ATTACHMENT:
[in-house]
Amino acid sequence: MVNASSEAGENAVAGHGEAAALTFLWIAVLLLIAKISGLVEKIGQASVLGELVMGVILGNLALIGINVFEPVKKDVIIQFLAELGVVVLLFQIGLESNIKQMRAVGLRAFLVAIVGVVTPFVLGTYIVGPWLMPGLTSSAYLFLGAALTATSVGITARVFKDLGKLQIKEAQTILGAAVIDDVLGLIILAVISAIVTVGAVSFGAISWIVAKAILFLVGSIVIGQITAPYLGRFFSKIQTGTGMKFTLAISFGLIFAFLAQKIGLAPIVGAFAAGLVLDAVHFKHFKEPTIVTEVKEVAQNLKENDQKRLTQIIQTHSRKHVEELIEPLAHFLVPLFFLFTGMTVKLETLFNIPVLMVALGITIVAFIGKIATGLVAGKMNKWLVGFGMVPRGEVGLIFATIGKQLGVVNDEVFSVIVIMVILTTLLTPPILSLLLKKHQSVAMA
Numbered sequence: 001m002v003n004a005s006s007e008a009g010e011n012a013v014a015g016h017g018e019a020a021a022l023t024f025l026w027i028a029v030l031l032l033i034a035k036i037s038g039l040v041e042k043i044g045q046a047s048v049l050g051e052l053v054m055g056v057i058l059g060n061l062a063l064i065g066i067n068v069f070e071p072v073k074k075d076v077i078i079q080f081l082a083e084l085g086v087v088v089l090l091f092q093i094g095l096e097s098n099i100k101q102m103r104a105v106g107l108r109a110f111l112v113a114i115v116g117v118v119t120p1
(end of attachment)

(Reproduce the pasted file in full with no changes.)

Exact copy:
[in-house]
Amino acid sequence: MVNASSEAGENAVAGHGEAAALTFLWIAVLLLIAKISGLVEKIGQASVLGELVMGVILGNLALIGINVFEPVKKDVIIQFLAELGVVVLLFQIGLESNIKQMRAVGLRAFLVAIVGVVTPFVLGTYIVGPWLMPGLTSSAYLFLGAALTATSVGITARVFKDLGKLQIKEAQTILGAAVIDDVLGLIILAVISAIVTVGAVSFGAISWIVAKAILFLVGSIVIGQITAPYLGRFFSKIQTGTGMKFTLAISFGLIFAFLAQKIGLAPIVGAFAAGLVLDAVHFKHFKEPTIVTEVKEVAQNLKENDQKRLTQIIQTHSRKHVEELIEPLAHFLVPLFFLFTGMTVKLETLFNIPVLMVALGITIVAFIGKIATGLVAGKMNKWLVGFGMVPRGEVGLIFATIGKQLGVVNDEVFSVIVIMVILTTLLTPPILSLLLKKHQSVAMA
Numbered sequence: 001m002v003n004a005s006s007e008a009g010e011n012a013v014a015g016h017g018e019a020a021a022l023t024f025l026w027i028a029v030l031l032l033i034a035k036i037s038g039l040v041e042k043i044g045q046a047s048v049l050g051e052l053v054m055g056v057i058l059g060n061l062a063l064i065g066i067n068v069f070e071p072v073k074k075d076v077i078i079q080f081l082a083e084l085g086v087v088v089l090l091f092q093i094g095l096e097s098n099i100k101q102m103r104a105v106g107l108r109a110f111l112v113a114i115v116g117v118v119t120p1